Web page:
The race for Salt Lake City Council District 7 offers high contrast. One candidate is a political outsider with a libertarian streak. The other is an insider who is a member of the city’s planning commission and has served on school and civic boards.
Kevin Paulson, a mechanical engineer, wants to take the city back to just basic services (fire, police) while leaving everything from transportation to economic development to the private sector and neighborhood groups. He opposes the Sugar House streetcar on 1100 East, and he opposed the city’s recent tax increase. He supports higher pay for public safety workers, and that has earned him the endorsement of the Salt Lake Police Association.
Paulson wants to deregulate public transportation, allowing private companies to offer bus or cab service. He wants to dismantle the city’s planning and zoning department and allow neighborhoods to manage planning closer to the citizenry. He also wants to turn city parks over to neighborhoods to manage.
And, in what he acknowledges is a long-term view, he wants to move the city to localized alternative energy sources including solar, geothermal and even "micro" nuclear power plants. (Honest.)
Lisa Ramsey Adams is the insider. She ran for this office four years ago, narrowly losing to Soren Simonsen, who is not running for re-election. In addition to the planning commission, she has been active in PTA and currently chairs the advisory board for public television station KUED. Her endorsements include the city firefighters’ union, Mayor Ralph Becker and several city and county council members and state legislators.
Adams puts transportation and public safety issues at the forefront. She believes the city should get a better sense from the neighborhood before proceeding further with the 1100 East streetcar. She wants the city to work with the Utah Transit Authority to develop a collector bus system. She also voiced concern that making the city less car friendly will make residents shop in the suburbs, and she said Mayor Becker has "gone too far with bike friendliness."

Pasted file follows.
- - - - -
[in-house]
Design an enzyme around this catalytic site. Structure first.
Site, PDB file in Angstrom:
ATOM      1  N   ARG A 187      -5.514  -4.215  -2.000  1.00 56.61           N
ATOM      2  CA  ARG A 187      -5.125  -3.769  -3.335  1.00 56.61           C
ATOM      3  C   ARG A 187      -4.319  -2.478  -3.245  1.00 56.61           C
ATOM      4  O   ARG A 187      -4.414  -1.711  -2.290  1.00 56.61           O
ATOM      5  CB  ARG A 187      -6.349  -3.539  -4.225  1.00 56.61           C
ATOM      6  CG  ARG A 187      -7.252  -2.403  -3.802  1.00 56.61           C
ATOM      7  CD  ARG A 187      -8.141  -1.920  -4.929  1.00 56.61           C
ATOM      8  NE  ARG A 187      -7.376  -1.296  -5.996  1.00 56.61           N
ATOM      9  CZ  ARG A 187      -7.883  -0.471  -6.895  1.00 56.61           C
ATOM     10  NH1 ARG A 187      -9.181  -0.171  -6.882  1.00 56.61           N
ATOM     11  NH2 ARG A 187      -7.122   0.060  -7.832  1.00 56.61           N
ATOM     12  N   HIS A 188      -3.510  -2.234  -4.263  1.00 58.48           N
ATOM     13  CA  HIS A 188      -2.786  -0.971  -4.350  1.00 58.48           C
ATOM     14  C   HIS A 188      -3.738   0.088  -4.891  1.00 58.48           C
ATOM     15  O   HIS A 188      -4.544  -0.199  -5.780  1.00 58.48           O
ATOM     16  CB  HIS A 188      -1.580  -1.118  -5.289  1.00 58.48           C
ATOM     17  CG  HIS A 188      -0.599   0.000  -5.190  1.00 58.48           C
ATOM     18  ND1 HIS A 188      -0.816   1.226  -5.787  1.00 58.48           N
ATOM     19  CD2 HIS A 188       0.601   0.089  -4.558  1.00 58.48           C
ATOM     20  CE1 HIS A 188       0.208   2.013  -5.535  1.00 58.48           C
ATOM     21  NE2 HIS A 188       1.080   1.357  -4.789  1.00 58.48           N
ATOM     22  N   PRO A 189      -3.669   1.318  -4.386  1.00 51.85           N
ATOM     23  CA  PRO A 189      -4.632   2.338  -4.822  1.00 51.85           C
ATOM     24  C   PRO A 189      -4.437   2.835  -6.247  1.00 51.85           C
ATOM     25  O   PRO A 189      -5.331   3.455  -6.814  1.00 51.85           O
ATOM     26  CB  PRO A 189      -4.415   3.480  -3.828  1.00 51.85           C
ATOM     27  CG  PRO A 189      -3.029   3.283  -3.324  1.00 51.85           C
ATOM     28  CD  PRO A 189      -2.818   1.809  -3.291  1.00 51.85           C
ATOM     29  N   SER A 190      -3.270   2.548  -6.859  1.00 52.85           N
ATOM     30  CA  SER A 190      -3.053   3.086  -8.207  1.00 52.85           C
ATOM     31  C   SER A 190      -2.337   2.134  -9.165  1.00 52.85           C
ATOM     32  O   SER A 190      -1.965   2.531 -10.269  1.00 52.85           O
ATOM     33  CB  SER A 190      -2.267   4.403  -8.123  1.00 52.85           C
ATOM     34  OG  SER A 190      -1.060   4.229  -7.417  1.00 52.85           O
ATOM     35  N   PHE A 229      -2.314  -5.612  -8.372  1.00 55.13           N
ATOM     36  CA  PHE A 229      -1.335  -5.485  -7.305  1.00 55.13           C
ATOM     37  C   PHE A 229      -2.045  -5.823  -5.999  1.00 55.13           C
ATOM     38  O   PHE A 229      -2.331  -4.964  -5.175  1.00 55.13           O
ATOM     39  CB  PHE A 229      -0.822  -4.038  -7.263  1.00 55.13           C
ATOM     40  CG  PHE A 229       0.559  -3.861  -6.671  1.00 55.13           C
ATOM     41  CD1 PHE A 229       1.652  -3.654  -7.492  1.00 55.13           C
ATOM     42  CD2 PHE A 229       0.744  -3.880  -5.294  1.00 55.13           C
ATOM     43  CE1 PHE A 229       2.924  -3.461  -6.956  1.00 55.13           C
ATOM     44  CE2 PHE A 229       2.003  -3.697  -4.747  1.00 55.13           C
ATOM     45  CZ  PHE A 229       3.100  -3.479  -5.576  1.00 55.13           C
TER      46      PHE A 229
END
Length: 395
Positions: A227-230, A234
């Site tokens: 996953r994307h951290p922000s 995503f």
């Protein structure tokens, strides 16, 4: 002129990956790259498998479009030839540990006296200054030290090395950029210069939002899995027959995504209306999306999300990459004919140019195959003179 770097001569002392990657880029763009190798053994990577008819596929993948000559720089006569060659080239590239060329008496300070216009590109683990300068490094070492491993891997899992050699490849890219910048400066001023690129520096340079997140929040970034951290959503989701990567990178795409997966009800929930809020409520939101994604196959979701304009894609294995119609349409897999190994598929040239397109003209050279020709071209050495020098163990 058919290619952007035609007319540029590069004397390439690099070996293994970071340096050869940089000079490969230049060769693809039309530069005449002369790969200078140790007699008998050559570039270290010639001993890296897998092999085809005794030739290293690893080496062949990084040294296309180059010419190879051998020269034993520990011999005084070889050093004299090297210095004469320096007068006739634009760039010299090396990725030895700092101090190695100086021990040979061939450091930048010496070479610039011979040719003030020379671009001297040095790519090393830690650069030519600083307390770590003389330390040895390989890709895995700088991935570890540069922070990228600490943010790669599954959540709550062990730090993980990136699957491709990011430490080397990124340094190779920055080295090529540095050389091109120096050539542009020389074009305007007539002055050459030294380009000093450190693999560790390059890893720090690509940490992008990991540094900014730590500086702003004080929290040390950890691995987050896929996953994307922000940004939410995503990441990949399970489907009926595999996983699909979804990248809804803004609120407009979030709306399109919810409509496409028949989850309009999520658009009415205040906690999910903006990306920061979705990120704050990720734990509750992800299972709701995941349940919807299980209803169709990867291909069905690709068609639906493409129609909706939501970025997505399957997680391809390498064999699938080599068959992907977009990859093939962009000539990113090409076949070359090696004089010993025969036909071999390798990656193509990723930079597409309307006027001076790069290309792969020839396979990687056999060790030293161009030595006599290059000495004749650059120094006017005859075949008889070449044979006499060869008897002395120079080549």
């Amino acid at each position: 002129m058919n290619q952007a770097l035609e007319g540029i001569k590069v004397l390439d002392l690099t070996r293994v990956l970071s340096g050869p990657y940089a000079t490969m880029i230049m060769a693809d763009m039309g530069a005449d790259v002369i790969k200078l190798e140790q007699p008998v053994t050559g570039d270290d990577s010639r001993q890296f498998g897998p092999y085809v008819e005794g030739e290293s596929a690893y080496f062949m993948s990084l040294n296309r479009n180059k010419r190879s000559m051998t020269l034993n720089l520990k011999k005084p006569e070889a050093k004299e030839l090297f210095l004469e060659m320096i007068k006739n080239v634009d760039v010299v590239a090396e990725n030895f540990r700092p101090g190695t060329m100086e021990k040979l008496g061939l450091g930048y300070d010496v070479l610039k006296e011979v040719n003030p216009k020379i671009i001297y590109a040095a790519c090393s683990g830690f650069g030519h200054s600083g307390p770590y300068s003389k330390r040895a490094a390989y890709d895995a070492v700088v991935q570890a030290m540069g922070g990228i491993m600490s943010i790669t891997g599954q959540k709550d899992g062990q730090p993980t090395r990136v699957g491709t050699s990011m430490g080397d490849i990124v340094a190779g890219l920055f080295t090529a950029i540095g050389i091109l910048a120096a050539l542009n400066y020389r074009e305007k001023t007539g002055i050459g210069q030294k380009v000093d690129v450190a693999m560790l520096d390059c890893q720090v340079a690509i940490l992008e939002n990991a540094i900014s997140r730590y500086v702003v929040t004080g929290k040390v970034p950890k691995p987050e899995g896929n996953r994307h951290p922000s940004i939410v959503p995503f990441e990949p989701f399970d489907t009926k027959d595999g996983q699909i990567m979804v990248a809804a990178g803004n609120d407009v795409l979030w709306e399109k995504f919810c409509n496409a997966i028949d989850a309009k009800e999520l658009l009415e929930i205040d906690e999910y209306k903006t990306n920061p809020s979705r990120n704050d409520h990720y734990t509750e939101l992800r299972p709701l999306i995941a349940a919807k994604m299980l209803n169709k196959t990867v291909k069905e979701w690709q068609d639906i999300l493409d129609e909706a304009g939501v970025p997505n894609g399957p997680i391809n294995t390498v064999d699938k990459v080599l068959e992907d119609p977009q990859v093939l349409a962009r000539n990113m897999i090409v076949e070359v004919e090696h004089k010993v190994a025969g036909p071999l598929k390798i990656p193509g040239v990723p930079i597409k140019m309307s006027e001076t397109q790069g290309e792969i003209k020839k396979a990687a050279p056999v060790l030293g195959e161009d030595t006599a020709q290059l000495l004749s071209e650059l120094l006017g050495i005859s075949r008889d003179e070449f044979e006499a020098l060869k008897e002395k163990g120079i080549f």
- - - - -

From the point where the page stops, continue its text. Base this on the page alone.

She thought the city’s recent tax increase was too high, but she would have supported a smaller increase. She wants more police, and she believes the city’s impact fees for new businesses are too high. She wants to increase some services and keep taxes low, but she would not identify what could be cut to balance the budget.
Despite that politician’s dance, Adams gets the nod in this race. We hope Paulson maintains his willingness to challenge conventional thinking. But the city council needs practical advocates who can build solutions on common ground. For that Adams is the choice for District 7.
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